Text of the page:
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Kiwibank on notice by S&P

Kiwibank on notice by S&P

(24 May 2013 – New Zealand) If Standard & Poor’s (S&P) follows through with its threat to cut the credit rating of state-owned Kiwibank, higher wholesale funding costs would paint a grim picture for the bank.

S&P warned Kiwibank and its parent company, New Zealand Post on Tuesday when it downgraded its credit outlook from stable to negative.

This means the bank has a one-in-three chance of its rating being lowered over the next two years.

Kiwibank had its rating lowered by S&P in October from AA-to A+, putting it one notch below the four major Australian-owned banks.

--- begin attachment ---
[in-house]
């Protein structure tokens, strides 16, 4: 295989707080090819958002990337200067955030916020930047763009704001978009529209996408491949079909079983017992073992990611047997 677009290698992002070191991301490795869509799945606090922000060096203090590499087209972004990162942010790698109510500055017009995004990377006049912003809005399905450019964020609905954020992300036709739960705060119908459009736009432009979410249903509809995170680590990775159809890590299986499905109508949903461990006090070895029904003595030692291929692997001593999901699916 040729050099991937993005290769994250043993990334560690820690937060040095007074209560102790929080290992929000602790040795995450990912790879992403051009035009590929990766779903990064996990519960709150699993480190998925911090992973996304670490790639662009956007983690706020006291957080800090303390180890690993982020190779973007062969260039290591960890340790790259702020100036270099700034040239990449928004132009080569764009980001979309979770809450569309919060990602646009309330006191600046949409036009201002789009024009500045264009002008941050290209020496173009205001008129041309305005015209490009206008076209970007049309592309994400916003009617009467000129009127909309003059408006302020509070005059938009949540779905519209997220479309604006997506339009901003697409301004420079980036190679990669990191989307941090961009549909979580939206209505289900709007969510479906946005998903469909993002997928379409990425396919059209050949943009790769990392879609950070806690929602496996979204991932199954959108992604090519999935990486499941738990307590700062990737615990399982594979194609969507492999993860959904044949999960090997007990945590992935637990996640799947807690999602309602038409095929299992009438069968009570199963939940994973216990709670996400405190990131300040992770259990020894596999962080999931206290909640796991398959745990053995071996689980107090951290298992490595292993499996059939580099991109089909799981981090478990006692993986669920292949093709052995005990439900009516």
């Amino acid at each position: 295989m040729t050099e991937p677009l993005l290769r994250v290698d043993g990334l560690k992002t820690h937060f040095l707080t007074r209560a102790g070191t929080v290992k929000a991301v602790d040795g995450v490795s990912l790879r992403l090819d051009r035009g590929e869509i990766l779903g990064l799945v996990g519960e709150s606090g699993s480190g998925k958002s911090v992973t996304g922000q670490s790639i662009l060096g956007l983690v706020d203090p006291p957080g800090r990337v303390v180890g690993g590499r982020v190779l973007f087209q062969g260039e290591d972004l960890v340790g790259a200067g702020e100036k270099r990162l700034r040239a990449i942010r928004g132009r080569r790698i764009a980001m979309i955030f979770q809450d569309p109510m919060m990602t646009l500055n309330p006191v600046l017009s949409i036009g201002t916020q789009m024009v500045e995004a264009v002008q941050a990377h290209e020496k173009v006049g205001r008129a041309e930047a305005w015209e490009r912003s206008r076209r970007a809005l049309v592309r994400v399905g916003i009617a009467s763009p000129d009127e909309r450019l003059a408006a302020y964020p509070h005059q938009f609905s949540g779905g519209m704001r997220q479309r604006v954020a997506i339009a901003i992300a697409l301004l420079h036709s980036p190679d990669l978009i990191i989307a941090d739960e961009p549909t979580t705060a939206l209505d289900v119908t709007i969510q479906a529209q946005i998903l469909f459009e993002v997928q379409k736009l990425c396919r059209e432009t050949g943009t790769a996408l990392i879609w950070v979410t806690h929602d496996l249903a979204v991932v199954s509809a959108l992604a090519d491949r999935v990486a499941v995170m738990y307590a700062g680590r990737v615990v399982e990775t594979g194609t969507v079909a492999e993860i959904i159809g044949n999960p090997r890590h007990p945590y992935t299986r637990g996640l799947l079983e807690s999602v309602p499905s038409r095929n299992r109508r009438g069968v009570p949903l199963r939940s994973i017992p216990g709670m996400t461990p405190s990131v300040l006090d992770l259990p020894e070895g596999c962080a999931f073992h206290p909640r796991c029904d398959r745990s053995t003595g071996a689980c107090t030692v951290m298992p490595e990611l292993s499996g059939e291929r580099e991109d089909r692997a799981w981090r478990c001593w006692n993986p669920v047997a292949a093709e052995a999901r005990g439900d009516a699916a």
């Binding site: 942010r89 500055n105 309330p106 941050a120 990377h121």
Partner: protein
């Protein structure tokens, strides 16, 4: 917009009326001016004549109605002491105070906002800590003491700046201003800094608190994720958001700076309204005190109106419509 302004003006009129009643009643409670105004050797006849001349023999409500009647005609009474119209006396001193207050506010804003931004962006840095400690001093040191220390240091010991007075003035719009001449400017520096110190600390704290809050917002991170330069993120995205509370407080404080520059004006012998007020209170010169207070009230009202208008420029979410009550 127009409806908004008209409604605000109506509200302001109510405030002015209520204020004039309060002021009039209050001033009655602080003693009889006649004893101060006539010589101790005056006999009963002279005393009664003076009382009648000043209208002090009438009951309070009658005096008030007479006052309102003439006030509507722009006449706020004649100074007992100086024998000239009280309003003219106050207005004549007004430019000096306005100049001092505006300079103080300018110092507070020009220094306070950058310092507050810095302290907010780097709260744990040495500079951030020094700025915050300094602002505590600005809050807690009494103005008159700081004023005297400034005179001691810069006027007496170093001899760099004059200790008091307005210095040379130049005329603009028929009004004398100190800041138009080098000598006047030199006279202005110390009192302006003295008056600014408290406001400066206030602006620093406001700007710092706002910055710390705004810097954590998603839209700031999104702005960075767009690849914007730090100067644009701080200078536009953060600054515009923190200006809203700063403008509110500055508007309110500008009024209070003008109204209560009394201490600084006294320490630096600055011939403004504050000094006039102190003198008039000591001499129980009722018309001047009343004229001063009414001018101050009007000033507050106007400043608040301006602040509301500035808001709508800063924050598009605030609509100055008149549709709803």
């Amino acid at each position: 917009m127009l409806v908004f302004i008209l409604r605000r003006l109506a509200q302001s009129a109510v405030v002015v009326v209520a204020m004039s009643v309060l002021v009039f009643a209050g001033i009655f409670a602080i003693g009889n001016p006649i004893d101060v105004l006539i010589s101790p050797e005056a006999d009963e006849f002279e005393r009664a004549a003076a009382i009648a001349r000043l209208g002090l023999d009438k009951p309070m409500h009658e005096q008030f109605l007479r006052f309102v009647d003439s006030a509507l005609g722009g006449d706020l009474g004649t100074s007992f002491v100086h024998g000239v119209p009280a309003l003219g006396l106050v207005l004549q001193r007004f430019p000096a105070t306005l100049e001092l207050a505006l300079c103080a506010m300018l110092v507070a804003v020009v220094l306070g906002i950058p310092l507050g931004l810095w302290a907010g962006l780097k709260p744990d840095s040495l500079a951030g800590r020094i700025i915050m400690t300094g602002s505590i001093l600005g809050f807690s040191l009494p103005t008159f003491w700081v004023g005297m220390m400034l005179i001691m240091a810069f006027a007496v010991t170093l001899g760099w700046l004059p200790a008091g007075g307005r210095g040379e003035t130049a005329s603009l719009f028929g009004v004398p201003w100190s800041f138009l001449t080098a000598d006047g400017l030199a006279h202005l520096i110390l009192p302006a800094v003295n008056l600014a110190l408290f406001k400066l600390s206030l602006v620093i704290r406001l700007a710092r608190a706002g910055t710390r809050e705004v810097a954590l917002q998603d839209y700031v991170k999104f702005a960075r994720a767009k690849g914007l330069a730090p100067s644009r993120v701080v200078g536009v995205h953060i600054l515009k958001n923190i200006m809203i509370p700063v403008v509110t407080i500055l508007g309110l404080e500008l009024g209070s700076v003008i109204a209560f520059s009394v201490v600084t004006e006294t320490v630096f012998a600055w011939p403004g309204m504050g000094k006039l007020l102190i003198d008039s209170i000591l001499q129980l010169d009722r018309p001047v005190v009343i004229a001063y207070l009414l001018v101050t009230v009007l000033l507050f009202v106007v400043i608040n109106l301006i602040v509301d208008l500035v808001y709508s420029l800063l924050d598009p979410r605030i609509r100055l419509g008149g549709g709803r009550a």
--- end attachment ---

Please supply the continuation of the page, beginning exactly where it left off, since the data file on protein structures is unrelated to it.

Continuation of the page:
If the rating was cut again it would be the lowest level the bank has ever been rated at by S&P.

Eight financial institutions including TSB Bank, Heartland Bank and the Co-operative Bank were moved from stable to negative outlooks last Thursday.

S&P said the downgrades were based on concerns about New Zealand's economic vulnerabilities including its material dependence on external borrowings, persistent current account deficits, and recent strong growth in house prices.

'In our view, this increases the risk of a deterioration in New Zealand banks' credit qualities,' the ratings agency said at the time.

It maintained stable ratings for the Australian-owned banks and Kiwibank then because of support from their parent companies.

But a spokesman for S&P said it had subsequently revised its view on Kiwibank because of the pressures Kiwibank's stand-alone credit profile could place on the rating of its parent New Zealand Post.

Kiwibank represented about 70 percent of the group's consolidated earnings, the S&P spokesman said.

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